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He Loves Me, He Loves Me Not

  • compiled by Jeffrey Overstreet Copyright Christianity Today International
  • 2003 1 Jan
He Loves Me, He Loves Me Not
from Film Forum, 03/06/03Amélie star impresses critics again

Audrey Tautou, who charmed audiences in the fantastical romantic comedy Amélie, is back in another unusual French concoction. In writer/director Laetitia Colombani's new film He Loves Me, He Loves Me Not (Goldwyn), Tautou plays an art student named Angelique. Angelique's interests reach beyond her painting—she has a crush on Dr. Loic (Samuel Le Bihan), a married cardiologist. In spite of the efforts of an admirer (Clement Sibony) to dissuade her, Angelique stokes the fires of her dream by convincing herself that the marriage will fall apart. When it does not, her passion leads to dismaying extremes. Sound like a routine story of jealousy and unrequited love? Hardly. Just when you think you know where things are going, the 26-year-old Colombani casts the story in a whole new light, confounding all expectations.

Geri Pare (Catholic News Service) is impressed: "Although neither Angelique nor Loic is particularly sympathetic, the filmmaker manages to hold interest for the most part with the way the script twists and turns in the second half. And although there is violent content, it doesn't sink to the level of over-the-top melodrama. Instead, in somewhat the manner of The Sixth Sense, viewers will find themselves reviewing the first half in their minds as they leave the theatre, which makes it an intriguing thriller overall."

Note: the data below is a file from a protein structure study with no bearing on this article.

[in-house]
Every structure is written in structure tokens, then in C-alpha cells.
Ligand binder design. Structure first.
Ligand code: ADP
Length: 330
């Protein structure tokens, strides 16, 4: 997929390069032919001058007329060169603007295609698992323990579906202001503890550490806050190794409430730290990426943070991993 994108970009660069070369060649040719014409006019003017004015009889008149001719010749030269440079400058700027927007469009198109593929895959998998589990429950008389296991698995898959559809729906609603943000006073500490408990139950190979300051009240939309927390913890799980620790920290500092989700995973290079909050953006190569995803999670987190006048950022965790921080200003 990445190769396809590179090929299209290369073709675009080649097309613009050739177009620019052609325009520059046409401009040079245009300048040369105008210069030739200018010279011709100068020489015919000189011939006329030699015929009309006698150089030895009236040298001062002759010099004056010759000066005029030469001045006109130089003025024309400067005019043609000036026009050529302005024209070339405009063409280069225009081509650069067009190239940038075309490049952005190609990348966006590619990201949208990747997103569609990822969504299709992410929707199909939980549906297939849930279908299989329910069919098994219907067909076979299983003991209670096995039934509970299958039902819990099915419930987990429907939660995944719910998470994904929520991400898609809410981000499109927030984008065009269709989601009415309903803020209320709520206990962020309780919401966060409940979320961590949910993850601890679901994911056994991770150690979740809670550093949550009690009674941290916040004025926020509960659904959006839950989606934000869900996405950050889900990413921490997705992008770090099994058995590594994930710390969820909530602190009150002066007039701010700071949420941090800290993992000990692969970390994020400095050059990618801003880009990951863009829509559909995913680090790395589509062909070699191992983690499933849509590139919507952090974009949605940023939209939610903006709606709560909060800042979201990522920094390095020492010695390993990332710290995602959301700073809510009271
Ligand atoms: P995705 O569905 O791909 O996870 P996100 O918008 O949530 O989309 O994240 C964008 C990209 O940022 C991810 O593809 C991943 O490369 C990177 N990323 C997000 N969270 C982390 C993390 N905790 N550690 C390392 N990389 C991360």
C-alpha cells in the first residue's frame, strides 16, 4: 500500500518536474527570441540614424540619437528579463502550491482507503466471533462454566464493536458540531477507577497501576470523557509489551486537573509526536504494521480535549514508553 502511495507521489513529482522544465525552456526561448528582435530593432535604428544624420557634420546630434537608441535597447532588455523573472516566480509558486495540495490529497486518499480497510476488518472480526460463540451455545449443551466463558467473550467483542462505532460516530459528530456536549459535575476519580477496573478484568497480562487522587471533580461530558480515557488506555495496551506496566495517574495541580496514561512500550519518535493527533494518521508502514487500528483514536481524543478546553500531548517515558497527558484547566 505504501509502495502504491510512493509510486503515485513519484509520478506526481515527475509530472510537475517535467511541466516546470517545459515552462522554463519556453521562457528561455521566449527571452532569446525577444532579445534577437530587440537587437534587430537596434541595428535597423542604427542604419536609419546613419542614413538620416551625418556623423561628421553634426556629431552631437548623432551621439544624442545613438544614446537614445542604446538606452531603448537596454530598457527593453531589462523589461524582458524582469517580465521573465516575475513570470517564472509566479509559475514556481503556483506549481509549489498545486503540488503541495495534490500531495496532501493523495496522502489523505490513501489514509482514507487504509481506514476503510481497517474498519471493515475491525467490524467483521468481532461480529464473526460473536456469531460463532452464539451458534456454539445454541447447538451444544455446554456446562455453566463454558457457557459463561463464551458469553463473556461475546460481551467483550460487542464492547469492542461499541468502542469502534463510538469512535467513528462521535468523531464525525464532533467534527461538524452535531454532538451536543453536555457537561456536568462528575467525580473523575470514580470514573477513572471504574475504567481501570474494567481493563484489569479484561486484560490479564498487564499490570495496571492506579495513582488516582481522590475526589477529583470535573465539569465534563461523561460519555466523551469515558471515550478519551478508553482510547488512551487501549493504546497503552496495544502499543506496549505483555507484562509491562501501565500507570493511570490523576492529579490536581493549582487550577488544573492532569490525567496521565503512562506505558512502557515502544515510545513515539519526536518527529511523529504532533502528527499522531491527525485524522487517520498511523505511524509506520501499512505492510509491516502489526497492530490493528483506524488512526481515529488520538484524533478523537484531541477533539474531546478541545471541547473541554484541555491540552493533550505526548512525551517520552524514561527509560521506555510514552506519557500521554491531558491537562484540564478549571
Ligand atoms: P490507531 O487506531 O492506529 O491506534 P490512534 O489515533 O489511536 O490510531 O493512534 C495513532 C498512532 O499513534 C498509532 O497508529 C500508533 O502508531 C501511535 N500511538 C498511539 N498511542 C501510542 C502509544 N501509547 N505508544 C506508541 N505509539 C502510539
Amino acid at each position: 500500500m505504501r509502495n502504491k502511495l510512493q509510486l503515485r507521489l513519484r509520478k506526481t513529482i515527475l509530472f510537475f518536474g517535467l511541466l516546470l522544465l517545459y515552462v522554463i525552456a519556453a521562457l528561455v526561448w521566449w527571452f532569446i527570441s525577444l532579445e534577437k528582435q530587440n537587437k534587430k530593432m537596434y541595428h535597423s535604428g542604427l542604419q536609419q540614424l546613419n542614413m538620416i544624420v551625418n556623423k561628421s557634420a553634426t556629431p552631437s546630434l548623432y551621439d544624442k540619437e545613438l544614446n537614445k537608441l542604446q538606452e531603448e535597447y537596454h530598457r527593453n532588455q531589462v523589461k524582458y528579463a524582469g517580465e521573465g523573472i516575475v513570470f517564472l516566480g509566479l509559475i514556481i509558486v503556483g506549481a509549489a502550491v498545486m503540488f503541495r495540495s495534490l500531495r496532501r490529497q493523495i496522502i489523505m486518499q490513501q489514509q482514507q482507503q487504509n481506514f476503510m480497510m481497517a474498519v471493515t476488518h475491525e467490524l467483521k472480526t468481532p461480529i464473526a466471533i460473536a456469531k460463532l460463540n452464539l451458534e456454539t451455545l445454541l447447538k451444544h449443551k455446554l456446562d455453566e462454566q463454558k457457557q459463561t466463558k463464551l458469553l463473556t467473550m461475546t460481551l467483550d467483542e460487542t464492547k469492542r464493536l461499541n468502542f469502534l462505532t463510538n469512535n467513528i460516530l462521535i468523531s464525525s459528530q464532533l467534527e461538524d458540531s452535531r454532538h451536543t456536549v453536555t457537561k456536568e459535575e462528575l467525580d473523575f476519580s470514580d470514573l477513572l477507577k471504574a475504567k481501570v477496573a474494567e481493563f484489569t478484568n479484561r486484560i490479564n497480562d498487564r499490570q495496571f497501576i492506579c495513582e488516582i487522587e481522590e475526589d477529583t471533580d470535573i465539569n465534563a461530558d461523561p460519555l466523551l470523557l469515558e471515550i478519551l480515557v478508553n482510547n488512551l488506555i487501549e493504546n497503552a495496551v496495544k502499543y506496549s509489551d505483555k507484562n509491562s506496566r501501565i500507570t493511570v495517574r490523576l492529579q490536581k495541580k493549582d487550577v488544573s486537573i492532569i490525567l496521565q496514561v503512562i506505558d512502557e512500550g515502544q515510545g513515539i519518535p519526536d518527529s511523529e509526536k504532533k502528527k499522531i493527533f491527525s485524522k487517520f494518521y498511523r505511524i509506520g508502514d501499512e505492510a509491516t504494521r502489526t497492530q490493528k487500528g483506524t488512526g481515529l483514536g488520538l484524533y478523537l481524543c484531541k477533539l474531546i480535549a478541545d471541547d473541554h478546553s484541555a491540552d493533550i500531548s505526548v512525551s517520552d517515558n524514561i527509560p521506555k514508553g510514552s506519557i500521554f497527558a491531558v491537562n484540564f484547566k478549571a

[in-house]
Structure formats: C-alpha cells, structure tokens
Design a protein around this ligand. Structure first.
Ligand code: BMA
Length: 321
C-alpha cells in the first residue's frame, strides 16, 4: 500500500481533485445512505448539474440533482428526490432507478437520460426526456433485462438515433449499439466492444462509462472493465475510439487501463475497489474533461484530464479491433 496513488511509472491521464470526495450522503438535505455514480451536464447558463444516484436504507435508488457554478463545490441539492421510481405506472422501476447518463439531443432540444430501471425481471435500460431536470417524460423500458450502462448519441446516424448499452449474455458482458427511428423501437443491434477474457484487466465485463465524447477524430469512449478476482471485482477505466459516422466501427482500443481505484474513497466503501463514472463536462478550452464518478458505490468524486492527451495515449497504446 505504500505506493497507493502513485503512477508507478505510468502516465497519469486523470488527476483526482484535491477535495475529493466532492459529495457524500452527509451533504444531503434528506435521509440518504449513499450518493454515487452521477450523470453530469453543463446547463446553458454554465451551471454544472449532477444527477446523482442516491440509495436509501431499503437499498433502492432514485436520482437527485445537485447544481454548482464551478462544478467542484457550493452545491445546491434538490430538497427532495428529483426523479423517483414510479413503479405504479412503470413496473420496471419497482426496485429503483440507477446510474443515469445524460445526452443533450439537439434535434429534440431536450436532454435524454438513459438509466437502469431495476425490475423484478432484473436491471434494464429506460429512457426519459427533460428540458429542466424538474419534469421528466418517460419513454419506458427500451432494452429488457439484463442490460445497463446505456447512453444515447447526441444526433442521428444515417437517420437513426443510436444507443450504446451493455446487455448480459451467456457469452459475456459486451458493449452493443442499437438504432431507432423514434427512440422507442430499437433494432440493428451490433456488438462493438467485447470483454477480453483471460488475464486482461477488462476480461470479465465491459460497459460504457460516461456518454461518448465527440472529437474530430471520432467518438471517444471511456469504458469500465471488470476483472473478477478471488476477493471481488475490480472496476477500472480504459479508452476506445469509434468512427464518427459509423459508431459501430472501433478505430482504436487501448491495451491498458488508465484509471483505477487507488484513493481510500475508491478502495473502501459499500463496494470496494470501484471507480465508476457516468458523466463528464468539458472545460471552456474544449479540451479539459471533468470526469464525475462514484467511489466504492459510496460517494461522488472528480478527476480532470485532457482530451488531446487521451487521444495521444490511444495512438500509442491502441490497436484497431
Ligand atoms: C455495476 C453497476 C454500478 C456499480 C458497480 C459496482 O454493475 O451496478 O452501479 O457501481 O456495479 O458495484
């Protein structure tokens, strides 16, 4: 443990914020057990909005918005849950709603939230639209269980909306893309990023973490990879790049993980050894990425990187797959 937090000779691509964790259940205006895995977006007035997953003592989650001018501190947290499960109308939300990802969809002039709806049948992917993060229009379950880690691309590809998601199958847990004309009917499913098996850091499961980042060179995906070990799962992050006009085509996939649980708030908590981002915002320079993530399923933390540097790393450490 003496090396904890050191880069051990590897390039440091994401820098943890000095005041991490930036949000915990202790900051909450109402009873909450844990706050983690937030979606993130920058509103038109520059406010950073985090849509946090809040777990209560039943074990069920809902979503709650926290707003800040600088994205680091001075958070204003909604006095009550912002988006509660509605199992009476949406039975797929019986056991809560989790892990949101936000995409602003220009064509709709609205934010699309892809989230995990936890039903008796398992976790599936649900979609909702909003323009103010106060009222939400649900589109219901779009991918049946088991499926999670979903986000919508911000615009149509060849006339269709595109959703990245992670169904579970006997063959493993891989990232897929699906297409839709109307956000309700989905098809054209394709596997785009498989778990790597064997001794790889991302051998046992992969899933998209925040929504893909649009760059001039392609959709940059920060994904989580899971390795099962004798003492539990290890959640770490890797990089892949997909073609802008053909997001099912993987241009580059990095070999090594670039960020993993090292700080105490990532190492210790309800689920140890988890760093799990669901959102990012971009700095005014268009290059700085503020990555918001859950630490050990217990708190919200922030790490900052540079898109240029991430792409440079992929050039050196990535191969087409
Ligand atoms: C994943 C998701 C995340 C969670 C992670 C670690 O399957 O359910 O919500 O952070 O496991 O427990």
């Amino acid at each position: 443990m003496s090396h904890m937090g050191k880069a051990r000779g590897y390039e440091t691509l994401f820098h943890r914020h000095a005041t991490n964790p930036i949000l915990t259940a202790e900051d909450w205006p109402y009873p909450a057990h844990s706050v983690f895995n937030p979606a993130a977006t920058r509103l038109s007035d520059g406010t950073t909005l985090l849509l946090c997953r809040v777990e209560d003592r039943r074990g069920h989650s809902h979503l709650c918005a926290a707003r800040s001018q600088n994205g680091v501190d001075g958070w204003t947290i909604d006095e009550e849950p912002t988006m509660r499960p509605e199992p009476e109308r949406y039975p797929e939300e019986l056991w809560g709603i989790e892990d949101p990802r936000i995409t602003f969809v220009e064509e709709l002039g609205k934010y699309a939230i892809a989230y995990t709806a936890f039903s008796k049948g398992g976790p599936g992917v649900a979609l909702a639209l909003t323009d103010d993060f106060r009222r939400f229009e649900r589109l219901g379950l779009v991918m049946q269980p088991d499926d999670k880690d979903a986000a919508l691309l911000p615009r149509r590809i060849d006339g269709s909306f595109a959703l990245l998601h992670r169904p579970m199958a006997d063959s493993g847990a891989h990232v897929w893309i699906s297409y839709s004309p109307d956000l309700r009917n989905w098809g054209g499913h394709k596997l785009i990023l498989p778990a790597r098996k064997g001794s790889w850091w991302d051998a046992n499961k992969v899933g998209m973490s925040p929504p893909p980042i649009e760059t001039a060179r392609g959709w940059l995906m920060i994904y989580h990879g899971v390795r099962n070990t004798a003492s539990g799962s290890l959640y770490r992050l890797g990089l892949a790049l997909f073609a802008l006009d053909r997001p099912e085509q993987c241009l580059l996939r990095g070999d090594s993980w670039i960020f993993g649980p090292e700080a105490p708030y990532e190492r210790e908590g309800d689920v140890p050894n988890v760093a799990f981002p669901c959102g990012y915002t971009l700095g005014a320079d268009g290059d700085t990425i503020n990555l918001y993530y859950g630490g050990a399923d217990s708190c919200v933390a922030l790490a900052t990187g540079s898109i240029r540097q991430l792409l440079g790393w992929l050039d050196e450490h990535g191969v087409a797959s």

Darrell Manson (Hollywood Jesus) calls it "a wonderful story. Tautou does a wonderful job in this role. She once again shows the endearing vulnerability that characterized Amélie, but here she also shows a darker side with just as much authenticity." He concludes, "He Loves Me … challenges us to look deeper before we judge someone else. As we watch the film, we make our judgments about this poor, lovelorn artist and the caddish doctor … only to have to rethink our perspectives and opinions."

Several mainstream critics heap superlatives on the film. James Berardinelli (ReelViews) raves, "It's difficult to overstate how much of a rare find this movie is. Colombani and her cast remind us that the best thrillers are built upon superb writing and strong acting." And Mick LaSalle (San Francisco Chronicle) says, Colombani's first time in the director's chair "represents about as assured a debut as they come."